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06/21/07 3:23 PM ET

Kazmir knows he can't rely on fastball

Lefty realizes he needs to work on other pitches to fool batters

ST. PETERSBURG -- Sometimes, when Scott Kazmir looks up at the scoreboard in the middle innings and sees his pitch count is already hovering around 80, he gets a bit frustrated.

Sometimes, when he's ousted from games earlier than he has been in the past, he wants to go back to his old ways.

Sometimes, he wishes the buzz about his high pitch count would just go away.

But only sometimes.

"It gets around the fifth or sixth inning and you look up there and I've thrown 75-80 pitches, and you think, 'This is my last inning, I'm going to go get them,' and then you kind of overthrow a little bit," he said. "It's frustrating in that effect, but to tell you the truth, I'm not really worried about it that much. I'm changing a little bit of my delivery during the season, and I know it's going to take some time to feel comfortable with it."

With a mid-90s heater, Kazmir's always been a "stuff" guy, relying on his speed to keep hitters swinging -- and missing -- time and time again. It's a strategy that's helped him earn the No. 1 spot in the Rays' rotation, a place on the 2006 American League All-Star squad and nearly 500 strikeouts in just around 80 career games.

In order to continue to be effective, Kazmir realizes he's going to need more than just a fastball. Working on mechanics as the season progresses isn't easy, but Rays manager Joe Maddon thinks it's the 23-year-old's willingness to keep working on his development that's going to pay off in the end.

"I can see a little inner turmoil, as far as he's not doing what he wants to do, but I believe he's just going to morph into the season, and all of a sudden, just kick butt," Maddon said.

Tampa Bay's skipper pointed to Kazmir's June 12 start against San Diego as what he thinks may be the turning point in Kazmir's season. The left-hander threw 117 pitches and left after six innings, but if not for a 39-pitch final frame, Maddon said the youngster would've kept on cruising.

"You take away that one inning and he was great," said Maddon of Kazmir, who earned a no-decision despite compiling a career-high-tying 11 punch outs. "It was a nice first step, as far as getting him back to where he wants to be."

"I feel like everything's falling into place. My fastball feels good, the thing right now is that I'm throwing it too much. That's really all the hitters have to look for, the fastball, as much as I'm throwing it. I'd have one offspeed pitch and not the other."
-- Scott Kazmir

Kazmir knows the process will take time. He's worked with pitching coach Jim Hickey to tweak his delivery so that it will be more consistent. Things will pay off down the road, Kazmir knows, but it's hard to stay focused on the eventual rewards instead of the immediate results.

"It is difficult [to be patient]," he said. "At the same time, you look back and you're like, "OK, I'm going to keep doing what I've been doing the whole time. That's what got me here.' That's kind of the situation where I'm at right now. I'm kind of stubborn a little bit.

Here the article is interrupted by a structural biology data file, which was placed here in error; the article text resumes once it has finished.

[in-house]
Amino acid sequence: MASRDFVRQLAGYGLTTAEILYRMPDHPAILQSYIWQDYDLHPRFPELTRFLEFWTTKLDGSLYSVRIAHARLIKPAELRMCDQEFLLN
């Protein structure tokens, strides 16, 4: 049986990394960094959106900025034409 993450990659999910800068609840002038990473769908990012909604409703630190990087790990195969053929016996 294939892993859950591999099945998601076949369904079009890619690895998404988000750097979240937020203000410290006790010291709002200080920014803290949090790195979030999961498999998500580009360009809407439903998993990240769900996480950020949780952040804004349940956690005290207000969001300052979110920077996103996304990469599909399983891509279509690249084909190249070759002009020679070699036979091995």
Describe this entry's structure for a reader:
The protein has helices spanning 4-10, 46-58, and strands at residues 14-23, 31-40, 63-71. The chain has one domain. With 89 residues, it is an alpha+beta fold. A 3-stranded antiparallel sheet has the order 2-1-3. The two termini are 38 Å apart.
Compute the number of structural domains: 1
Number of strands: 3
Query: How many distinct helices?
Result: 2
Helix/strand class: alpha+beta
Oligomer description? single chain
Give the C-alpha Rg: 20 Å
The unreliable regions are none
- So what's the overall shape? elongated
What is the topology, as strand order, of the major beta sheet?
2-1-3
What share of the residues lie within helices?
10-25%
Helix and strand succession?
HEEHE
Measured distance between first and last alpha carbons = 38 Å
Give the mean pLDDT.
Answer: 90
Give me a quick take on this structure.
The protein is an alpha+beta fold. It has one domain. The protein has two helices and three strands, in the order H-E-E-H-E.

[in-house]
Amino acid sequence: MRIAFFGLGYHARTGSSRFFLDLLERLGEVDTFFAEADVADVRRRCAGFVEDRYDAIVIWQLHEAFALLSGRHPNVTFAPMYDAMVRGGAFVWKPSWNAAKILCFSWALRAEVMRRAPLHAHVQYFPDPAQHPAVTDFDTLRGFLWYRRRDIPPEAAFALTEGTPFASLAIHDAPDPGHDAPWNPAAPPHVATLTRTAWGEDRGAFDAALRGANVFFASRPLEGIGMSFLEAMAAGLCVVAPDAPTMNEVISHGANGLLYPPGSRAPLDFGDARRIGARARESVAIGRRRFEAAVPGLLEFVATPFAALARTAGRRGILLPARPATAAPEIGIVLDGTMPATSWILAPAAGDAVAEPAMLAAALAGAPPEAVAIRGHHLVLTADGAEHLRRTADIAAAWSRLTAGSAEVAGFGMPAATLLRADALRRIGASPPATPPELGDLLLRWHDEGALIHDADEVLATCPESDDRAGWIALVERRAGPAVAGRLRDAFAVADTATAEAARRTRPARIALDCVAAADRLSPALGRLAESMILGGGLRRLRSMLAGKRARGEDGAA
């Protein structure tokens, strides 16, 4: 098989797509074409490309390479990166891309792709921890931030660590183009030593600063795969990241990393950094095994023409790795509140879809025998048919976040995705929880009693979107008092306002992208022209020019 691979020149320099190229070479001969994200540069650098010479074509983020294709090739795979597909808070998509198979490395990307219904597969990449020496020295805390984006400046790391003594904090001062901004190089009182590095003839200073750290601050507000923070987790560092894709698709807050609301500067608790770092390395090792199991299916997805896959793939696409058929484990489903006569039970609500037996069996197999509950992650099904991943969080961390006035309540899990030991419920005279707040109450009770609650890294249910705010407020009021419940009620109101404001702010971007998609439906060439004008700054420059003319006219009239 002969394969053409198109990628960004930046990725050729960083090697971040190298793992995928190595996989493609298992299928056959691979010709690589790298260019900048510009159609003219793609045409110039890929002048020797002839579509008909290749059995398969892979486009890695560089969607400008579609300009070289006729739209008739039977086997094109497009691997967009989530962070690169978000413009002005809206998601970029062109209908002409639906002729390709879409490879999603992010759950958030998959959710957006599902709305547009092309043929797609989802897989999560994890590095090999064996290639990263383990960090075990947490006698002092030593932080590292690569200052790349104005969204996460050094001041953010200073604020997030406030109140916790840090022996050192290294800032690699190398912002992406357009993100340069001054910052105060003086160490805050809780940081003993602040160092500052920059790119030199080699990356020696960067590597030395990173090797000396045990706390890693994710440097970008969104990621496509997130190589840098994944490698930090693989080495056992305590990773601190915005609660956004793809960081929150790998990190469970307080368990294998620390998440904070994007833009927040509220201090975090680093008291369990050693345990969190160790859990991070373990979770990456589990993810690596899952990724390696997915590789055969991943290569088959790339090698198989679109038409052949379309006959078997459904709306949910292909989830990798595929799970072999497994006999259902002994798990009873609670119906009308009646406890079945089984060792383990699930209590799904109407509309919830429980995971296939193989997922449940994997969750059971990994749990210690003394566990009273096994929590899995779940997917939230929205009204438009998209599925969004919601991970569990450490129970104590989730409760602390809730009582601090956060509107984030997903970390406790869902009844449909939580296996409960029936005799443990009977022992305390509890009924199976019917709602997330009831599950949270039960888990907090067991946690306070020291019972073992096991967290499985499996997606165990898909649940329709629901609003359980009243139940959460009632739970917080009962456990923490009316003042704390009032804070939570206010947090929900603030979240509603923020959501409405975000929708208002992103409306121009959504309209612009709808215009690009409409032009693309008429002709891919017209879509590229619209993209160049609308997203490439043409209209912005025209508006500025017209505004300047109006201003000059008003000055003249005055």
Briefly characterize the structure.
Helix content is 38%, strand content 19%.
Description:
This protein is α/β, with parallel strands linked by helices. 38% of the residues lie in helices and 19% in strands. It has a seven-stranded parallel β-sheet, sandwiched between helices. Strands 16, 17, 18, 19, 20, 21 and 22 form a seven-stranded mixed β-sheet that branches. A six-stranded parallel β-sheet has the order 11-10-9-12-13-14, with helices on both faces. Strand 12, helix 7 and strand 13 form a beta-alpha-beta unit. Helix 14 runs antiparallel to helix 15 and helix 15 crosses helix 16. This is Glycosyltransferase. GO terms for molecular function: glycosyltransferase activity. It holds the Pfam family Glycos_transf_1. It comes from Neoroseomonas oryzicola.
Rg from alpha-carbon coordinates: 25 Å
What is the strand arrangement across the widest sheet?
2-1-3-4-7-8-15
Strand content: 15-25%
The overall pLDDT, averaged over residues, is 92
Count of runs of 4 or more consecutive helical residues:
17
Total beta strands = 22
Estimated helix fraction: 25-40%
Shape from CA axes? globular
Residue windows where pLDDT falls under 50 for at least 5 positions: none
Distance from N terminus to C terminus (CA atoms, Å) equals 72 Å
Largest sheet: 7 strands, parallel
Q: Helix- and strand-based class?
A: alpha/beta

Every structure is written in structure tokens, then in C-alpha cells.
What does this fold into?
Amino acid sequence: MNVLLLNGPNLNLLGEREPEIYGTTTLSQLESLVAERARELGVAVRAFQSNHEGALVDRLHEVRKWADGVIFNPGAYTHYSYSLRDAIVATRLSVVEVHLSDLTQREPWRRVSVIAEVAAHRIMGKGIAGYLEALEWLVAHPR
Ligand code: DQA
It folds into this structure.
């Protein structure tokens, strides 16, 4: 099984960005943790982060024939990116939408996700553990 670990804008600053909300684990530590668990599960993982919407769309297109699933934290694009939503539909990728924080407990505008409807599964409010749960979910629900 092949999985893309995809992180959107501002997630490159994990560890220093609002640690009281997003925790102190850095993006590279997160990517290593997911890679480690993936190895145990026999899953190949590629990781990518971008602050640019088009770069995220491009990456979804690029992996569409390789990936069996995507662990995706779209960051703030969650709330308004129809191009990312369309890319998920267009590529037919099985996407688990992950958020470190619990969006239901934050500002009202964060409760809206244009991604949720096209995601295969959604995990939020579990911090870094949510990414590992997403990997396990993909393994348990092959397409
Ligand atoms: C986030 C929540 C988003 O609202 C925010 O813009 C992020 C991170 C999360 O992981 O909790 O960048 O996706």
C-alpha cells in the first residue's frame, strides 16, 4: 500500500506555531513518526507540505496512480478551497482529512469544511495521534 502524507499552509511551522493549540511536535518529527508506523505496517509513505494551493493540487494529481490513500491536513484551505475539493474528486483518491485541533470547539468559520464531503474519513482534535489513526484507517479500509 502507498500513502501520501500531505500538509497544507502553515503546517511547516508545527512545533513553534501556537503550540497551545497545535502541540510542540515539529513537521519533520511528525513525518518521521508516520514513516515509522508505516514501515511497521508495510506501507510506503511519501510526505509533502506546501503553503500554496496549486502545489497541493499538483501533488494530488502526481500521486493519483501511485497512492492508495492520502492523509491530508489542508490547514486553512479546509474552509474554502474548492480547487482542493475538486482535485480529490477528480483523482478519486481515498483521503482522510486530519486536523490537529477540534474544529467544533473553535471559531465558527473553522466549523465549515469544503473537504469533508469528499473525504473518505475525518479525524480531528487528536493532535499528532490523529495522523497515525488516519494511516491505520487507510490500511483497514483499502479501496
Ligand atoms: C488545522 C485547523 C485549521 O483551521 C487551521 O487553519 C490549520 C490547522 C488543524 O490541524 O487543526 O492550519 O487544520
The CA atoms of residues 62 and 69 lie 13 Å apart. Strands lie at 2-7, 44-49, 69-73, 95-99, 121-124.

"Now when I want to take the next step and get better, it involves something like this."

Kazmir has put quite a bit of work into his changeup this year, something he admits has taken away from his slider because of the two different angles needed to deliver the pitch. He's also tried moving to the other side of the pitching rubber and keeping his stance closed.

It's nothing major, Kazmir willingly admits, just a group of small tweaks that, used in the right combination, should help both boost his effectiveness against hitters and keep his pitch count low so he'll be able to see the later innings more often.

"I feel like everything's falling into place," he said. "My fastball feels good, the thing right now is that I'm throwing it too much. That's really all the hitters have to look for, the fastball, as much as I'm throwing it. I'd have one offspeed pitch and not the other."

Once all cylinders are running at full speed, opponents should look out.

Just three years into his Major League career, Kazmir's performance has already caught the eye of future Hall of Famer Greg Maddux. The righty has made quite a career as a strikeout man and fanned 3,169 batters through the 2006 season.

"If you strike guys out, your pitch count is going to be high. Maybe [Kazmir] ought to increase his pitch count, how about that?" the 41-year-old Padres pitcher joked.

On a more serious note, Maddux praised Kazmir's heater, slider, changeup and offspeed pitches in general, proclaiming that the lefty "has got good stuff."

Maddux also had a message to Kazmir: keep working, but don't try to do too much.

"Guys are going to swing at pitches when you've got stuff like that," said Maddux. "You're going to throw more pitches."

Kazmir was 2 years old when Maddux made his big-league debut, but the compliment was definitely not lost on the youngster.

"That's great for someone like Maddux to take my back," he grinned. "That's really something."

Maddon chewed Maddux's words thoughtfully before he responded. Maddux was more of a strikeout guy in his earlier years, Maddon observed, until experience took the reins.

"I think when you're young and you're throwing 90-some miles an hour, you want the strikeout -- the strikeout's cool," Maddon said. "As you gain experience, you realize that, 'I just want to get the guy out.' And if I can get him out in three pitches, so be it. I really prefer that.

"And I think as Kaz does that, you're going to see him really blossom."

Dawn Klemish is an associate reporter for MLB.com. This story was not subject to the approval of Major League Baseball or is clubs. This story was not subject to the approval of Major League Baseball or its clubs.